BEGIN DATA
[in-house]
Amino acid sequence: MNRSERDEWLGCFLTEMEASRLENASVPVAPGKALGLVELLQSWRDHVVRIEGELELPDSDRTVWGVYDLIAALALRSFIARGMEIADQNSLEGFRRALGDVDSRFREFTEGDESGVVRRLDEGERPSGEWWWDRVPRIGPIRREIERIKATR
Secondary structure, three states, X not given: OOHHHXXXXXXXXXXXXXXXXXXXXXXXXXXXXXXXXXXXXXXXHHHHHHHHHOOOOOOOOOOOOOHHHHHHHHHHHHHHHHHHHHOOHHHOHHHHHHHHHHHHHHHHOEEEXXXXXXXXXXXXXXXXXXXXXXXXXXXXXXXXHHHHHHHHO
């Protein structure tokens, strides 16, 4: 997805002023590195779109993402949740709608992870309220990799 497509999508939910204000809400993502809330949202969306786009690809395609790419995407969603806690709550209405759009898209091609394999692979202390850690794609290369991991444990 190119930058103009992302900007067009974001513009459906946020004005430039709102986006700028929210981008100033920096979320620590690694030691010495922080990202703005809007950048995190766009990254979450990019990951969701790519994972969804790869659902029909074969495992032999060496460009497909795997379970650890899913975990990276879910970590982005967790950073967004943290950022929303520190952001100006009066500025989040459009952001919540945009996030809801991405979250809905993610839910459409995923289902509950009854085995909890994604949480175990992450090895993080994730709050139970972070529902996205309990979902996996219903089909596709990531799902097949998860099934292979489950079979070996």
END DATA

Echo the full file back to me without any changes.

[in-house]
Amino acid sequence: MNRSERDEWLGCFLTEMEASRLENASVPVAPGKALGLVELLQSWRDHVVRIEGELELPDSDRTVWGVYDLIAALALRSFIARGMEIADQNSLEGFRRALGDVDSRFREFTEGDESGVVRRLDEGERPSGEWWWDRVPRIGPIRREIERIKATR
Secondary structure, three states, X not given: OOHHHXXXXXXXXXXXXXXXXXXXXXXXXXXXXXXXXXXXXXXXHHHHHHHHHOOOOOOOOOOOOOHHHHHHHHHHHHHHHHHHHHOOHHHOHHHHHHHHHHHHHHHHOEEEXXXXXXXXXXXXXXXXXXXXXXXXXXXXXXXXHHHHHHHHO
């Protein structure tokens, strides 16, 4: 997805002023590195779109993402949740709608992870309220990799 497509999508939910204000809400993502809330949202969306786009690809395609790419995407969603806690709550209405759009898209091609394999692979202390850690794609290369991991444990 190119930058103009992302900007067009974001513009459906946020004005430039709102986006700028929210981008100033920096979320620590690694030691010495922080990202703005809007950048995190766009990254979450990019990951969701790519994972969804790869659902029909074969495992032999060496460009497909795997379970650890899913975990990276879910970590982005967790950073967004943290950022929303520190952001100006009066500025989040459009952001919540945009996030809801991405979250809905993610839910459409995923289902509950009854085995909890994604949480175990992450090895993080994730709050139970972070529902996205309990979902996996219903089909596709990531799902097949998860099934292979489950079979070996």